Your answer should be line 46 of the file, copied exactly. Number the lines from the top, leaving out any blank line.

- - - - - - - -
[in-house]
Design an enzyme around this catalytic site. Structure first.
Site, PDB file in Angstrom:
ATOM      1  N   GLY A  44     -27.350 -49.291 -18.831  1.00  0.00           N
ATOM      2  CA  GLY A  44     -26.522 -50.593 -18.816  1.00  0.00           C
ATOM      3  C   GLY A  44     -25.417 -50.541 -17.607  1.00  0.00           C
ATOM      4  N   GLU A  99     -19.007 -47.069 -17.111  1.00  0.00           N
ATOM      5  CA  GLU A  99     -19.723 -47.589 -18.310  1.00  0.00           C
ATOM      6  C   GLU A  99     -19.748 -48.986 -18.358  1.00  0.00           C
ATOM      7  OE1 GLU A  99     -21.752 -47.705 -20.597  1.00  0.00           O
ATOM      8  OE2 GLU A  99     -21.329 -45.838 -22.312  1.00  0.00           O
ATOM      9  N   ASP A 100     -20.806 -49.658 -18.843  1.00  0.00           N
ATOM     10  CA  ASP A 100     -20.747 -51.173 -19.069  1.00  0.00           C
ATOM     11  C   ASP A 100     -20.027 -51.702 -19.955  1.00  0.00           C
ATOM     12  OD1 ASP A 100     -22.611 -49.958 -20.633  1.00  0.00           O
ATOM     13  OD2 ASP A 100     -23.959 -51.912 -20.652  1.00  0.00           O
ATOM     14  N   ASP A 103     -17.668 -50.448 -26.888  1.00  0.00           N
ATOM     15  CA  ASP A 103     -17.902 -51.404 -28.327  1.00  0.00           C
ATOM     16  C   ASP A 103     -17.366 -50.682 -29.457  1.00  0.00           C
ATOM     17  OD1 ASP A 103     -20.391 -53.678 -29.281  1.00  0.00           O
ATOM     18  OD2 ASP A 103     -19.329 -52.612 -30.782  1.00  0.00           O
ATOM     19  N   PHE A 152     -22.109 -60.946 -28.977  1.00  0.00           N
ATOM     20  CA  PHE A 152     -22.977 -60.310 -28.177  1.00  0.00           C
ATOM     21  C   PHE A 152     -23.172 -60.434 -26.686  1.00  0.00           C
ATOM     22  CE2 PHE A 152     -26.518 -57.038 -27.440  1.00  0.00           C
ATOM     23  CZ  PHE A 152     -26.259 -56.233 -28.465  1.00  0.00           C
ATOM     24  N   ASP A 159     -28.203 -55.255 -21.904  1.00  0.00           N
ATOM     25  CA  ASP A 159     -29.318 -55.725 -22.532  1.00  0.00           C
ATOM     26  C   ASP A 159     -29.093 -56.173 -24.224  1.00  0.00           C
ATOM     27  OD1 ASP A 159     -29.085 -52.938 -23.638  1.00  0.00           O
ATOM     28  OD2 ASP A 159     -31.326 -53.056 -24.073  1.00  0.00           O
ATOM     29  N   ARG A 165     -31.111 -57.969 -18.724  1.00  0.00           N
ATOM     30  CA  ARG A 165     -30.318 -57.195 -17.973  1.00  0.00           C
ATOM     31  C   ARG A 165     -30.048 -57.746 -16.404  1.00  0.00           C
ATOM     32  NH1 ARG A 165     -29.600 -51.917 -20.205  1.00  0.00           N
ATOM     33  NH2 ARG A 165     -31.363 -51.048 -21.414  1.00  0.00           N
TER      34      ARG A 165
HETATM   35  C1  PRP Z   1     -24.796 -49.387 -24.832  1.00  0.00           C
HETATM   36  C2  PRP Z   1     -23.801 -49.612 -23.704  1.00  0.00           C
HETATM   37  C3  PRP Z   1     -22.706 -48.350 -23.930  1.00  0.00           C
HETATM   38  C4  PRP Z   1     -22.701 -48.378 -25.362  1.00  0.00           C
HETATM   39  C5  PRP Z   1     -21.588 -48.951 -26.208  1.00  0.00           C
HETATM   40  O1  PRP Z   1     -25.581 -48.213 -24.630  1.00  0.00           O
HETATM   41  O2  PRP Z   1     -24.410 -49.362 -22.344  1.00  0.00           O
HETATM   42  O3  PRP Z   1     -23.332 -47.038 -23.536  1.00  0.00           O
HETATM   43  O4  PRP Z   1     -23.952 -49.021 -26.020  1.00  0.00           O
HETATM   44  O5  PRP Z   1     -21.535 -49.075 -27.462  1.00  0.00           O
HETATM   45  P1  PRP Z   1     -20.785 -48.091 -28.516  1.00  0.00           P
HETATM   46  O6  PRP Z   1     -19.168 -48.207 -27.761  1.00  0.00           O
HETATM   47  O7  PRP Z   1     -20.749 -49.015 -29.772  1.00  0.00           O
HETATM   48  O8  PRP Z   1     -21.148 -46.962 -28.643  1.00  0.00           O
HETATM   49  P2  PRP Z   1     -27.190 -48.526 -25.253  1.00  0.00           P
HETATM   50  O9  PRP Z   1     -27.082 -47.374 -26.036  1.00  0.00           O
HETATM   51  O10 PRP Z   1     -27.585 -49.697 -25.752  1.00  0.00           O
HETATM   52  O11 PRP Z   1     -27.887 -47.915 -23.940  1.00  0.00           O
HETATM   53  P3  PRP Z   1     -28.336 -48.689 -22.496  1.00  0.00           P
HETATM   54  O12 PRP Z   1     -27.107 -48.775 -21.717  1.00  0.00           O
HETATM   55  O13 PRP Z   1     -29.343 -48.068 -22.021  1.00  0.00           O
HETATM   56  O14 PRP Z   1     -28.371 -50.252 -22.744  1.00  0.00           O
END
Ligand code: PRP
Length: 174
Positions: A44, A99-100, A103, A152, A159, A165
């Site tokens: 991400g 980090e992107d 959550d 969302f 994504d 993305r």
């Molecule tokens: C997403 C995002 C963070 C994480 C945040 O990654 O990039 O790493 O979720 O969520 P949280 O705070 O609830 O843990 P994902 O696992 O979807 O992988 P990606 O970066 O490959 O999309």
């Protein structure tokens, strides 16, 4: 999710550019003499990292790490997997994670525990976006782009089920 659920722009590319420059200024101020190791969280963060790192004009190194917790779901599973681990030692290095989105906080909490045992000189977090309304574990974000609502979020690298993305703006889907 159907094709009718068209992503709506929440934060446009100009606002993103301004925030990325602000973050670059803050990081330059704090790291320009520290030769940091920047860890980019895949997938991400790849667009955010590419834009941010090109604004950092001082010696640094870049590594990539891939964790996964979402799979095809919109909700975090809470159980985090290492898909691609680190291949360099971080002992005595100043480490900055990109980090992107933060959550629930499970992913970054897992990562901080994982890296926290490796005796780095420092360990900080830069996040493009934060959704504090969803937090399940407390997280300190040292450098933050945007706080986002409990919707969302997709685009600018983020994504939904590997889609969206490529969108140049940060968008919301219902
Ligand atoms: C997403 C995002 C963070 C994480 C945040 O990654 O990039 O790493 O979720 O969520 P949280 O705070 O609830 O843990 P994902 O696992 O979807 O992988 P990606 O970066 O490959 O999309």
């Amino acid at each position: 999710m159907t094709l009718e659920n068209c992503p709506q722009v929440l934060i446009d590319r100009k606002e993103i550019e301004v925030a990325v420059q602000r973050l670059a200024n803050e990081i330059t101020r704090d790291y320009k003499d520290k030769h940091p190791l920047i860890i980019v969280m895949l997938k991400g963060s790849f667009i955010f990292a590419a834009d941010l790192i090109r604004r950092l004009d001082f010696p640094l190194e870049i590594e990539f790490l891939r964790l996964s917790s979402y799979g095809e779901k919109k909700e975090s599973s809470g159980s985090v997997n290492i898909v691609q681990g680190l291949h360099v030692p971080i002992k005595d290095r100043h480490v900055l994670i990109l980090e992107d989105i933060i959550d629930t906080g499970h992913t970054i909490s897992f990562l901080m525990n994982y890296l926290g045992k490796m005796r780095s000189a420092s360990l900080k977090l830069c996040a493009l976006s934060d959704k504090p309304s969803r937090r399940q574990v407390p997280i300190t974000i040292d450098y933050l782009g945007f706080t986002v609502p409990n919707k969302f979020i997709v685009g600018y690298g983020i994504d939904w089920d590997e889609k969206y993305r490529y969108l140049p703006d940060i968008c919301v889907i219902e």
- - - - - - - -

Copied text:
HETATM   43  O4  PRP Z   1     -23.952 -49.021 -26.020  1.00  0.00           O